How To Wear A Blazer And Jeans Without Looking Like Your Dad

Image Credit: Brunello Cucinelli

It should be so simple, but successfully wearing a blazer with jeans is anything but. It’s a look that combines the worlds of smart and casual, but in doing so presents a number of hurdles. Do it right, and you’re the image of Italian elegance. Get it wrong, and we’re in early-noughties Top Gear territory. So where to begin?

In order to pull it off you need to nail the details. The fabric, texture and cut all need to be spot on for starters, and don’t even think about wearing your regular suit jacket with denim. Need some further advice? We’ve got everything you need to know about combining a blazer with jeans, right here.

Why Men Struggle With Blazers & Jeans

34 Heritage

You can’t just wear any old blazer with jeans. The trouble many men have with it is they do just that. They might see a smart-casual dress code, and interpret it by cutting their wardrobe literally in half by combining their ‘smart’ suit with their ‘casual’ jeans. It just doesn’t work.

There are a number of reasons why doing this looks bad. Firstly, fabric. Formal suits are often made from worsted wools with smooth, flat handles that have little texture. These kinds of fibres are made for the boardroom, and when combined with denim – a fabric that typically has plenty of texture – they just look plain wrong. The contrast is simply too high.

Likewise, said suits are often made with a relatively strong, structured shoulder, which gives them their formal look. Again, this just jars when paired with denim, as the indigo fabric is far too rooted in casualwear.

Why You’d Want To Try It


This all begs the question of why you’d bother trying to wear a blazer with jeans at all. It isn’t the easiest combination to pull off, so why not try something that’s actually attainable. Well, if you do it cleverly, wearing a blazer with jeans can bridge that ever-tricky smart casual-dress code, and it can be both effortless and comfortable.

When To Wear A Blazer With Jeans

Brunello Cucinelli

One of the main benefits of successfully combining a blazer with jeans is the looks’s versatility. It can be perfect for any number of social situations from date nights and working in the office, to pub lunches and strolls around town. It’s not too formal and not too laid back, working perfectly as an in-between outfit for times when you want to look presentable without being stuffy or overdressed.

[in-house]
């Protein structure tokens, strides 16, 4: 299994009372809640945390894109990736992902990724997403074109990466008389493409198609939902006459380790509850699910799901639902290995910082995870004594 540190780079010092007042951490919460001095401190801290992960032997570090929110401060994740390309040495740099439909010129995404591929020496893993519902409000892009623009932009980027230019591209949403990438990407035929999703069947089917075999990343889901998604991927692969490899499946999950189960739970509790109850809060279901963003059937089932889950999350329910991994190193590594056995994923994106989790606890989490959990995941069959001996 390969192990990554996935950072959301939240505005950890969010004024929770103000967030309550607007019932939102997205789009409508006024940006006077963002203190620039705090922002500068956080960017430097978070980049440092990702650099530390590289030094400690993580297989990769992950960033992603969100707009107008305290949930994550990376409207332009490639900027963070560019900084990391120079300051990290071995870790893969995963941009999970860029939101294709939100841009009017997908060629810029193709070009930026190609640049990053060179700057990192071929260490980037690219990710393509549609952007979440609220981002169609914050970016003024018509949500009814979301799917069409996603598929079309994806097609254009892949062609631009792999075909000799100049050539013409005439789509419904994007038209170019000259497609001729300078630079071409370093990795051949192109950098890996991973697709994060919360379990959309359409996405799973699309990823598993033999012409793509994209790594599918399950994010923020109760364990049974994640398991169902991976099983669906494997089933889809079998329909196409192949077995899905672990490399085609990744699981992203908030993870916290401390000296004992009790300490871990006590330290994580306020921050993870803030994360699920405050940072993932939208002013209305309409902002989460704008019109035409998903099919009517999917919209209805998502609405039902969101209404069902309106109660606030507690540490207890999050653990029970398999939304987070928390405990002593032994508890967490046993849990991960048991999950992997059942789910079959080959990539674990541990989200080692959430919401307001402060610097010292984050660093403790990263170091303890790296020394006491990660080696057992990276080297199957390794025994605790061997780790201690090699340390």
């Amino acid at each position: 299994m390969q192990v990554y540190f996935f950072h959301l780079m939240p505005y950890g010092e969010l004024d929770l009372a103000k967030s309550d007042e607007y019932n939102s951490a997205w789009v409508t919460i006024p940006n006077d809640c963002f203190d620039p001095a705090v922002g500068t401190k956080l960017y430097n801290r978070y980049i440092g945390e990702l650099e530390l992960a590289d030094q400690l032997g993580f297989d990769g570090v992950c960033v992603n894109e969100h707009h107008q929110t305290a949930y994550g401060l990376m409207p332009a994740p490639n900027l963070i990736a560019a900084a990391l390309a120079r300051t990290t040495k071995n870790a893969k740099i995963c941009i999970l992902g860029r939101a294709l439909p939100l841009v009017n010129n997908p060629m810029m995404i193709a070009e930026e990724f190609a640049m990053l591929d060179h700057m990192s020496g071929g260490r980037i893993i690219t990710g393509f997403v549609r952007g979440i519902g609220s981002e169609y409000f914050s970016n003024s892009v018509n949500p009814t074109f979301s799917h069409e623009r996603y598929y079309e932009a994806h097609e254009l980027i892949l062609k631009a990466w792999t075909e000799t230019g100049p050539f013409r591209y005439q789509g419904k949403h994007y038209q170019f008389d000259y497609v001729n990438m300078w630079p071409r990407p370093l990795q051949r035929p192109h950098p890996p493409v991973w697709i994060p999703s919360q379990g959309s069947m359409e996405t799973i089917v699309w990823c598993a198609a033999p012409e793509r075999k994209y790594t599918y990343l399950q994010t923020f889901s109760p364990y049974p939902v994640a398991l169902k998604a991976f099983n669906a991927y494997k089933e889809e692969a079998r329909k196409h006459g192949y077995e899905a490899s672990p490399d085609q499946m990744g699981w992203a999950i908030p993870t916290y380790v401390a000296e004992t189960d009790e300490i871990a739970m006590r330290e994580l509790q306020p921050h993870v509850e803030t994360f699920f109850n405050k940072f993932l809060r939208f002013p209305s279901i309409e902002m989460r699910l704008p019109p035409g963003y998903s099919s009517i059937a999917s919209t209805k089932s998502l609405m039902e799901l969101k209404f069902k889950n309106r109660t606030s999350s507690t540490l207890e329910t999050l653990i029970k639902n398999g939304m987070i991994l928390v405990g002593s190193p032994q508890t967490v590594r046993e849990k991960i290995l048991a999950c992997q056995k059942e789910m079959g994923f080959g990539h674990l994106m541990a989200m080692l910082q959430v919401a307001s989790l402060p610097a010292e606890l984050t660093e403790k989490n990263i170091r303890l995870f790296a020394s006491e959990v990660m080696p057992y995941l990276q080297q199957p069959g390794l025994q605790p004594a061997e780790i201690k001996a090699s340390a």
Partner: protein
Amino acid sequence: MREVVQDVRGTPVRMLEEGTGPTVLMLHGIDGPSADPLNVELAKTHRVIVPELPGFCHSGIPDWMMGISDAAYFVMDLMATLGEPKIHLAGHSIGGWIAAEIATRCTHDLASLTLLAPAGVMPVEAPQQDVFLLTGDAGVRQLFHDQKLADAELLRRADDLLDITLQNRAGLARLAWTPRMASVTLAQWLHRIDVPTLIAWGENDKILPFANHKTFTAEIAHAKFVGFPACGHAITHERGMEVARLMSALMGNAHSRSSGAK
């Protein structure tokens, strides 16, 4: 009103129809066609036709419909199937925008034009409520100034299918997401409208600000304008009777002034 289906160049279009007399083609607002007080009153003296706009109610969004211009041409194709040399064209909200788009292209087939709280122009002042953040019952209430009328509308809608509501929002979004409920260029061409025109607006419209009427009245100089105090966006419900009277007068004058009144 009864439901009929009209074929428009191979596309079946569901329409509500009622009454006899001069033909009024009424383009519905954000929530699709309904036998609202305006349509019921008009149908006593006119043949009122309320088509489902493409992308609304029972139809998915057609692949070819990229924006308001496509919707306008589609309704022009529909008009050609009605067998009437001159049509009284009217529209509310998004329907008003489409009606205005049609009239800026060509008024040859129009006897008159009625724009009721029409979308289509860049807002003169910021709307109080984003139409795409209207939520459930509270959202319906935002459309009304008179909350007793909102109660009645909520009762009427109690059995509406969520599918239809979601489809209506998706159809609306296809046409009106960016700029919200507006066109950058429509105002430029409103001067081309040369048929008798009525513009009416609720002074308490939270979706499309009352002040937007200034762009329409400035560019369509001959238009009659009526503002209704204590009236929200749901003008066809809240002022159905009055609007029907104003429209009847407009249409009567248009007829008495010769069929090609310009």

The Right Blazer & Jeans

The Blazer

So, what kind of blazer should you go for? For starters, and in order to match the casual nature of denim, your chosen blazer should be unstructured. Think lightweight, Italian-style cuts with soft shoulders, narrow arms and twin vents on the rear. Soft, unstructured shoulders are comfortable and won’t impose formality on you – it’ll feel more like you’re wearing a cardigan than a blazer. They also look less severe – the lack of padding means they’ll follow the natural line of your shoulders, as opposed to structured suits which create sharp (and smart), unnatural lines.

The blazer in question should also have a certain amount of texture to it. The fabric needs to complement denim, which itself has bags of texture thanks to its visible weave. Plus, it needs to look as though it isn’t one half of a business suit. Fabrics such as tweed, corduroy and herringbone wool are perfect for wearing with jeans, as they’re usually associated with laid back tailoring and casual wear.

If the blazer has the right cut, there are times when a flatter, regular wool can work with jeans. For a monochrome look consisting of indigo jeans, a navy T-shirt and black Derbies, a dark blue blazer adds an elegant, almost Parisian feel.

The Jeans

For the bottom half of your outfit, the number one rule is to pay attention to fit. As your jeans will be part of a relatively smart look, you’ll want the cut to be slim and tailored. They should flatter your legs rather than hug them though – go too slim and you’ll risk entering reality TV territory.

Again, dark indigo or black jeans are your safest bet, depending on what colour jacket you opt for. For blazers in shades of brown, beige, green or blue, go for dark blue jeans; whereas for a monochrome look, pair grey and charcoal blazers with black jeans.